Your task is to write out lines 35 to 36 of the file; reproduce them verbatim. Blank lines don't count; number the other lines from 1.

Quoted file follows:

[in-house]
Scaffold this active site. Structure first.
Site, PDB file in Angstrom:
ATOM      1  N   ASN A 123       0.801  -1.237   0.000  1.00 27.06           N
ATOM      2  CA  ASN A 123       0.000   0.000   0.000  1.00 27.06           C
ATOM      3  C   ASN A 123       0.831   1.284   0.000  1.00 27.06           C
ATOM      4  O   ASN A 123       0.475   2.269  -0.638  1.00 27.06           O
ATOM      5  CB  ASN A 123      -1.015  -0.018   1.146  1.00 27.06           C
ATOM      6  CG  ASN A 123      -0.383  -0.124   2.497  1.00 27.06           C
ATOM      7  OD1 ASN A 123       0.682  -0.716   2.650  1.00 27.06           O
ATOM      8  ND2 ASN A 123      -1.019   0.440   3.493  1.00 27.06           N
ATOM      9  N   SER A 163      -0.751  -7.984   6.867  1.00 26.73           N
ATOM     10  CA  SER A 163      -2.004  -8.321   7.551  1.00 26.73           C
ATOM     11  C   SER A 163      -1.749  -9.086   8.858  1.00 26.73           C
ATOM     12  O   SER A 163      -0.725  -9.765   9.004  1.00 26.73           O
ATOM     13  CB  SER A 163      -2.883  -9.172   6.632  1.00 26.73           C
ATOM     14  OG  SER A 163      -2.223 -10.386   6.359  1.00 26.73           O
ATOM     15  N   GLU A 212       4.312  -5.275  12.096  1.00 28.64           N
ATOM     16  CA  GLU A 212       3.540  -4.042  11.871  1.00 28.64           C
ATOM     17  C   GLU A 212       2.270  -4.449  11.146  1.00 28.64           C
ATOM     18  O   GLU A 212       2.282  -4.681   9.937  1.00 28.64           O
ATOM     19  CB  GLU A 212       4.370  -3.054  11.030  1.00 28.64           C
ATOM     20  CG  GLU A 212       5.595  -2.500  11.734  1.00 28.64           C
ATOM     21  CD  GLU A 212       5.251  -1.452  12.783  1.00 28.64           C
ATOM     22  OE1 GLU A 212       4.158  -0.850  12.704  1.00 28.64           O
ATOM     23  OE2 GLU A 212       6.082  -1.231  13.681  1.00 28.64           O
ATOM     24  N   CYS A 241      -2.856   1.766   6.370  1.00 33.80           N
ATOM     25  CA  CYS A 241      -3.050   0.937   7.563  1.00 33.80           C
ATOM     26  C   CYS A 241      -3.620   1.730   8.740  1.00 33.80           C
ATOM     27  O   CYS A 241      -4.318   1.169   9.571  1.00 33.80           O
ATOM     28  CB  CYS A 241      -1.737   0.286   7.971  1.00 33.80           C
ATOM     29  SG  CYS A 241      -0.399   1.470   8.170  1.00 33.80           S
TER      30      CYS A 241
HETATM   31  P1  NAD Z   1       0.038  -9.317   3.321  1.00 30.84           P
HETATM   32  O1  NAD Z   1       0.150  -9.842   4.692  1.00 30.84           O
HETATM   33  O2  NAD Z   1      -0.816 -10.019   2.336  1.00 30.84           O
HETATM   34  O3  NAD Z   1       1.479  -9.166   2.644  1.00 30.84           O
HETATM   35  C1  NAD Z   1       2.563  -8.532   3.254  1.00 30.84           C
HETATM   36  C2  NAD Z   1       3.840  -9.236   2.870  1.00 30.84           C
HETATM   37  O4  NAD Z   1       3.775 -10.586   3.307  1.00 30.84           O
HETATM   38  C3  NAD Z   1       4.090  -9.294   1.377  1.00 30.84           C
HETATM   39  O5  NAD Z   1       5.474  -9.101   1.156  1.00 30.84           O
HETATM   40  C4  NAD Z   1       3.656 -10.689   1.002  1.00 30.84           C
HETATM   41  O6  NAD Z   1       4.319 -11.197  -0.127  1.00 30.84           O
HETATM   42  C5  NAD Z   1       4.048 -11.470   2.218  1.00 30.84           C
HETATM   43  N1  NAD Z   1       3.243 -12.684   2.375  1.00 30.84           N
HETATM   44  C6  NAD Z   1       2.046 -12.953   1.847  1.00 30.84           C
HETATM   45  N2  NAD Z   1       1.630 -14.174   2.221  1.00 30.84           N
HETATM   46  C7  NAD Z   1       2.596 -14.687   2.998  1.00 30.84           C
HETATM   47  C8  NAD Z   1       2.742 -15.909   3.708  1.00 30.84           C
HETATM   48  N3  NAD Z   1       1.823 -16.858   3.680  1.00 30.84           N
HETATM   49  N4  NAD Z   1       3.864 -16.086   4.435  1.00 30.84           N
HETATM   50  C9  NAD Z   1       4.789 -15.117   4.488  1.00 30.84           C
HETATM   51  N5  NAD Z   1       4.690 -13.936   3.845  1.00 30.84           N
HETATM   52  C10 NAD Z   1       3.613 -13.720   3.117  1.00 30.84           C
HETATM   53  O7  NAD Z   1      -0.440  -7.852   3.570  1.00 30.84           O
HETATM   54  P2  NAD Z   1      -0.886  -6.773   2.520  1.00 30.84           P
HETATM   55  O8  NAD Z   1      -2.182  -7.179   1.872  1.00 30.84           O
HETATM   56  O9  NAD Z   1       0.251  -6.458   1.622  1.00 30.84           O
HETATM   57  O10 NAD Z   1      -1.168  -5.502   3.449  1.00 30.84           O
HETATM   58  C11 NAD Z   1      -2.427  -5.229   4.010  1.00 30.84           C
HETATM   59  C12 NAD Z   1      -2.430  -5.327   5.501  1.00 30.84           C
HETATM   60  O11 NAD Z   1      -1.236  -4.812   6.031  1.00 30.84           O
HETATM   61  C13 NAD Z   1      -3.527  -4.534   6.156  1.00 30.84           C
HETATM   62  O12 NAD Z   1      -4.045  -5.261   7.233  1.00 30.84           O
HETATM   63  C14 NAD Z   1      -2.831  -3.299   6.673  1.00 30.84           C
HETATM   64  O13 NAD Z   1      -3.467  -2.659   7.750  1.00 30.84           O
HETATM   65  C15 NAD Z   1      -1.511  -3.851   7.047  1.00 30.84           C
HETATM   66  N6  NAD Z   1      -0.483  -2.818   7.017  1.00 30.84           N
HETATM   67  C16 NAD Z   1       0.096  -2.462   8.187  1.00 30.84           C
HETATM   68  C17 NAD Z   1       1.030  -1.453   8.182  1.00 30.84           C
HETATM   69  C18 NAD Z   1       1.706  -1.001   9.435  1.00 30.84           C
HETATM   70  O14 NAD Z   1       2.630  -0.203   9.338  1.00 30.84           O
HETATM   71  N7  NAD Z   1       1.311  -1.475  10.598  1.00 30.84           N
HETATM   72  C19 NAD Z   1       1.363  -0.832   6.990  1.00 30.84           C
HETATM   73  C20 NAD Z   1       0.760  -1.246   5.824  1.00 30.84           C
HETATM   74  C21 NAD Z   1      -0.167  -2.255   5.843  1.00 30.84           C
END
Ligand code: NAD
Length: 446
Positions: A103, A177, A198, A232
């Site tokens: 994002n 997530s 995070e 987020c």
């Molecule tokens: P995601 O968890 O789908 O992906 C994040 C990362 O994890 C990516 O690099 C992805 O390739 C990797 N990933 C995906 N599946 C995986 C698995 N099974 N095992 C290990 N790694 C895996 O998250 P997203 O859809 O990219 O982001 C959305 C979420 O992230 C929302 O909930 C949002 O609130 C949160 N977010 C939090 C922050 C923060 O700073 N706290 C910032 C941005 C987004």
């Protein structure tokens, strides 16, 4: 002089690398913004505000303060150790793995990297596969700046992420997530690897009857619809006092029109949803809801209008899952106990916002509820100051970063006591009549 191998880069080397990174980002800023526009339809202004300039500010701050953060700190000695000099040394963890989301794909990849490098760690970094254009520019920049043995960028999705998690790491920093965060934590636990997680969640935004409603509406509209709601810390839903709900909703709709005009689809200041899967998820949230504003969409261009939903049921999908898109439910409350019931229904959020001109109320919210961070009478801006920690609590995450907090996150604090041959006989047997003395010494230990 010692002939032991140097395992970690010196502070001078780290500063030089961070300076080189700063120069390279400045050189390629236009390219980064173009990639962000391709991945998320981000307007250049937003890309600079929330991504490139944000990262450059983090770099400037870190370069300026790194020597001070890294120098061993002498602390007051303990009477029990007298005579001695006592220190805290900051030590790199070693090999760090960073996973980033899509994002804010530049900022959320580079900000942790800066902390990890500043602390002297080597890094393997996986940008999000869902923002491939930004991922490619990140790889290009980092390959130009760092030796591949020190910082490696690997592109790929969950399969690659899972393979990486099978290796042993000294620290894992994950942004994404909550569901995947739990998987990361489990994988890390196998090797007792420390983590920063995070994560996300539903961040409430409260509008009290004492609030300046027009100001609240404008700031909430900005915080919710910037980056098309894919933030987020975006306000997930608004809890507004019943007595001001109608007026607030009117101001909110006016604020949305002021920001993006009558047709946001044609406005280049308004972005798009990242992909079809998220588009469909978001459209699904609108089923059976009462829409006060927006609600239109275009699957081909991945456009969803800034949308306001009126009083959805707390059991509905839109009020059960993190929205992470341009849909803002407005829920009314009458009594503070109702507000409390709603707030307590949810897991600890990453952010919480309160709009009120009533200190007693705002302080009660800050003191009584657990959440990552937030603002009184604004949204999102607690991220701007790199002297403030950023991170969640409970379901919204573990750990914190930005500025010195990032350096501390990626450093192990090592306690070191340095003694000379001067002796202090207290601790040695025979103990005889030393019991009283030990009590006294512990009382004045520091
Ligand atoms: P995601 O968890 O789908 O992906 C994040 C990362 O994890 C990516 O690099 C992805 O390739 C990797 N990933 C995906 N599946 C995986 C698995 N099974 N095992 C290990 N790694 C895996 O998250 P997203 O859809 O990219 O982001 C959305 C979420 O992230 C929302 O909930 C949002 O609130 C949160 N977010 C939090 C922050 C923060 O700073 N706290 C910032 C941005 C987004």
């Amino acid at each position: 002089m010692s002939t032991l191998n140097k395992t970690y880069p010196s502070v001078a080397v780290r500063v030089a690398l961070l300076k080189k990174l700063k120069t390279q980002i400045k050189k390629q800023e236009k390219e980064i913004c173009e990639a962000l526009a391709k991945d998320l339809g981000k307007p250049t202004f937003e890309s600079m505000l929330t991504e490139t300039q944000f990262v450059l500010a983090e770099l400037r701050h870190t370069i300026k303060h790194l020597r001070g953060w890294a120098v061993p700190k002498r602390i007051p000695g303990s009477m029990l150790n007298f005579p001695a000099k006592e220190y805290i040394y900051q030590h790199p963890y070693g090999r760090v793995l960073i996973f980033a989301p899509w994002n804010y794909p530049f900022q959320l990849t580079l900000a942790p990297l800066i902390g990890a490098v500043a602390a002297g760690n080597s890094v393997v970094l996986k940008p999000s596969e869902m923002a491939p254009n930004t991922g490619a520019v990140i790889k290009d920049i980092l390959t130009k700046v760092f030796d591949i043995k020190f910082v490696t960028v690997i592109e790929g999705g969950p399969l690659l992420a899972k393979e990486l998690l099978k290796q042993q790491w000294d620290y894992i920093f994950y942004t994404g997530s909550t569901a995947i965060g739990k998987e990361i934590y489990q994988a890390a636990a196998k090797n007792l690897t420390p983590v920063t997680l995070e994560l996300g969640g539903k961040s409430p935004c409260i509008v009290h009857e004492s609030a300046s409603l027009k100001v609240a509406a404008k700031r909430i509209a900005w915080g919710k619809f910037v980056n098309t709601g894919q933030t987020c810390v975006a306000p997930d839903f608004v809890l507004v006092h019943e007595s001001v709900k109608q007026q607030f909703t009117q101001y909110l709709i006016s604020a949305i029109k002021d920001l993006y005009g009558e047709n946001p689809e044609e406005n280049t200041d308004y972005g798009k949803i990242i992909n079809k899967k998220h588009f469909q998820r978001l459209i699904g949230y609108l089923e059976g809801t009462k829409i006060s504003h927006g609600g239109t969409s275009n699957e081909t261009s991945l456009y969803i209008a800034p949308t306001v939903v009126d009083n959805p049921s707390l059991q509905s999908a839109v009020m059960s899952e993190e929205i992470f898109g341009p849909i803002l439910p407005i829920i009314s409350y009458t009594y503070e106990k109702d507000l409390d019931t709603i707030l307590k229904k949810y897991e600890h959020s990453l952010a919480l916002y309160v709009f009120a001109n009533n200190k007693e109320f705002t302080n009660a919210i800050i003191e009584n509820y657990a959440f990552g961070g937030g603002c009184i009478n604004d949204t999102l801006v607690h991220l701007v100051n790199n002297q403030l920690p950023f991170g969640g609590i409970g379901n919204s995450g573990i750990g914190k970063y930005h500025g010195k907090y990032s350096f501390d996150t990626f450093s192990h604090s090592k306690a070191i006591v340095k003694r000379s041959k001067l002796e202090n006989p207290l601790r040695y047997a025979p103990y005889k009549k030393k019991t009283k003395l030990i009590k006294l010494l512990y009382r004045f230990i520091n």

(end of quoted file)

HETATM   32  O1  NAD Z   1       0.150  -9.842   4.692  1.00 30.84           O
HETATM   33  O2  NAD Z   1      -0.816 -10.019   2.336  1.00 30.84           O